Designing to Recruit Top Talent in Schools

Did you know that the current unemployment rate for teachers is 2.7 percent? With a multitude of available opportunities across the job market, a shift has occurred. Job candidates in the education field are now in the powerful position of selecting their employer. The natural question then arises: what should schools be doing to stand out and attract top teaching talent in such a competitive market? Sadly, there's no cookie-cutter answer. Plenty of contributing factors exist. For example, your school's unique purpose and employee benefits are key drivers in the job market. But today we'll be looking at an aspect of hiring that many schools overlook. The physical spaces that educators will teach in. We believe that schools should heavily consider designing spaces that remain consistent with their mission and facilitate the quickly evolving job of educating students in order to recruit and retain top talent. Ready to learn more about what constitutes the types of teaching environments that attract high quality talent? Keep reading!

Designing for Job Satisfaction

We suggest that schools look to design spaces that facilitate the dynamic job of teaching. Which sounds nice, but what does this actually look like? Again, there's no cookie cutter answer, but there are some general best practices. If your goal is to design a school that educators actually want to teach at, you'll be off on the right foot. So, what type of things do they care about? "Cool" architecture is something that may come to mind, and it is a definite advantage. But "cool" can't be the only consideration. Functional space is also a necessity. So where is the balance here? Instead of using the conventional "chalk-and-talk" classroom design, consider whether or not your curriculum allows for a combination of: more secluded spaces for focus, collaborative spaces that promote creativity and allow impromptu sharing, or dynamic spaces for hands-on learning. We understand this isn't always feasible, but these types of dynamic spaces are very attractive and definitely cause your school to stand out.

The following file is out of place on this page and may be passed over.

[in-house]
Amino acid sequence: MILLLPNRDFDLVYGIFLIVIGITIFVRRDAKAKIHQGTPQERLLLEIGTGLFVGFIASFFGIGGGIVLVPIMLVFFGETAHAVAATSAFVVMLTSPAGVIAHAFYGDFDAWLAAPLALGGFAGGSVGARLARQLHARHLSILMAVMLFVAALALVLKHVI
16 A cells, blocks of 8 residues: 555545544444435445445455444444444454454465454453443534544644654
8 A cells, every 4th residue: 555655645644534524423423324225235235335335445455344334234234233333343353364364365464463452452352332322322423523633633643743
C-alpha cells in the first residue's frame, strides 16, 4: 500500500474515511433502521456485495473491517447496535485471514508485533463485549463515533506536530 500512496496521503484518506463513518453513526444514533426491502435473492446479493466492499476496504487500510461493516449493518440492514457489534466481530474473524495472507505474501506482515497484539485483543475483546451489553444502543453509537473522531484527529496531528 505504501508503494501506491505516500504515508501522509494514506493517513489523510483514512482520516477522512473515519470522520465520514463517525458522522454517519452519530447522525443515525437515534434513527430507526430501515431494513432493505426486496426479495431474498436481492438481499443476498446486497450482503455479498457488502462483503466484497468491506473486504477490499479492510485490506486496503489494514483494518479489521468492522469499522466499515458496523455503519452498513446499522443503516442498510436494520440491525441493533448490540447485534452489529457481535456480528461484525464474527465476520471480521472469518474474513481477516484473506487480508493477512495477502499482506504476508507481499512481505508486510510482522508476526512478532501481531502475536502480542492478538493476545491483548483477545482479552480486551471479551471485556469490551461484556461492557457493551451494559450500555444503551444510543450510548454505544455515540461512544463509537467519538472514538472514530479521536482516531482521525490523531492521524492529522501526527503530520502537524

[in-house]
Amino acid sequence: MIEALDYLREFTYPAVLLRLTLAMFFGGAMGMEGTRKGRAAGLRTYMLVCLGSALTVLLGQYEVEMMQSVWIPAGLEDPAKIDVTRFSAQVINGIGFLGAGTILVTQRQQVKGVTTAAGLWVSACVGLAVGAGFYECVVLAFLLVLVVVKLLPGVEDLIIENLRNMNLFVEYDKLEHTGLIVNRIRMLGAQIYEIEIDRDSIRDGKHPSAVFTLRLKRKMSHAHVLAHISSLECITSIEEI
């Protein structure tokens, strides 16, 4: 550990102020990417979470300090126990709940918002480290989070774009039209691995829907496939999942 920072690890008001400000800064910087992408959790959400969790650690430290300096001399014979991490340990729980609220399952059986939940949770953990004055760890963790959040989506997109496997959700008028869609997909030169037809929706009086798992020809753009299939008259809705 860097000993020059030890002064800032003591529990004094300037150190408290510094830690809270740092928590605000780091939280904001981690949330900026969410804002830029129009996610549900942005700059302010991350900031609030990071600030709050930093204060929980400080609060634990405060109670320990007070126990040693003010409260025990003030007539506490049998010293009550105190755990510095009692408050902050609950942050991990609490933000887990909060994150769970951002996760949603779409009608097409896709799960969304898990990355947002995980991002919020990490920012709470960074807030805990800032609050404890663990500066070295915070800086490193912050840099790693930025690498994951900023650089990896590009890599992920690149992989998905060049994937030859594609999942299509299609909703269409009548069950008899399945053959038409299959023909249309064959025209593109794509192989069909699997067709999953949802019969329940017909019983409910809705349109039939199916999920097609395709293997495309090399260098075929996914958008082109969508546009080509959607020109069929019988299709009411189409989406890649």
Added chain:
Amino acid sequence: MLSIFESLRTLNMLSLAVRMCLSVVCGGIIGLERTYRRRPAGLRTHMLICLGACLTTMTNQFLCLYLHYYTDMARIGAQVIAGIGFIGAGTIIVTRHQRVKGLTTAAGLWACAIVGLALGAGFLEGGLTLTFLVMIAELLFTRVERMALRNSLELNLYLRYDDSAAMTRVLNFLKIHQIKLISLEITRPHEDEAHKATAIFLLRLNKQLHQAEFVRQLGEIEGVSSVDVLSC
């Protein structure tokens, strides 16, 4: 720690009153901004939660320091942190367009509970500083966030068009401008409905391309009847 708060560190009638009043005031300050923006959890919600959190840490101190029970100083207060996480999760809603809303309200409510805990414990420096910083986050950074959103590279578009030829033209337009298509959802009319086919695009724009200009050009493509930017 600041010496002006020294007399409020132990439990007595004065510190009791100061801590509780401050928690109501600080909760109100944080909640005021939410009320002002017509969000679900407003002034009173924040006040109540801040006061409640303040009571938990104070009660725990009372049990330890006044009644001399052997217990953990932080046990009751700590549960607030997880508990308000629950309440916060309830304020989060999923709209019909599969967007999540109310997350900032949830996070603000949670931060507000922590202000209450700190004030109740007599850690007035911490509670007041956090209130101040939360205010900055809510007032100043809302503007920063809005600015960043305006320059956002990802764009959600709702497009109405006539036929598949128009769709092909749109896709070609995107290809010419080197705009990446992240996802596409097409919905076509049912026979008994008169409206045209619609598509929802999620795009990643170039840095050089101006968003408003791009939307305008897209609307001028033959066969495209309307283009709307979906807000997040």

A Good First Impression

The first experience a prospective employee – or anyone for that matter – has when walking in the door of your school holds a lot of weight. Ask yourself what sort of message your entryway is sending to people. Your entryway would ideally be designed with the goal of helping everyone understand your school's philosophies and beliefs. Although this doesn't necessarily have to be explicit. For example, if your school's mission includes wellness commitments, you should take clear steps to allow for natural light and fresh air. These types of environments are a strong impression for everyone who walks through your doors and is an opportunity many schools overlook.

What Does Your Design Say About You?

If you're still a little unsure of whether or not your school is attractive to quality talent, we leave you with this question: If a prospective job candidate asked your current employees about their working environment, what would they say?

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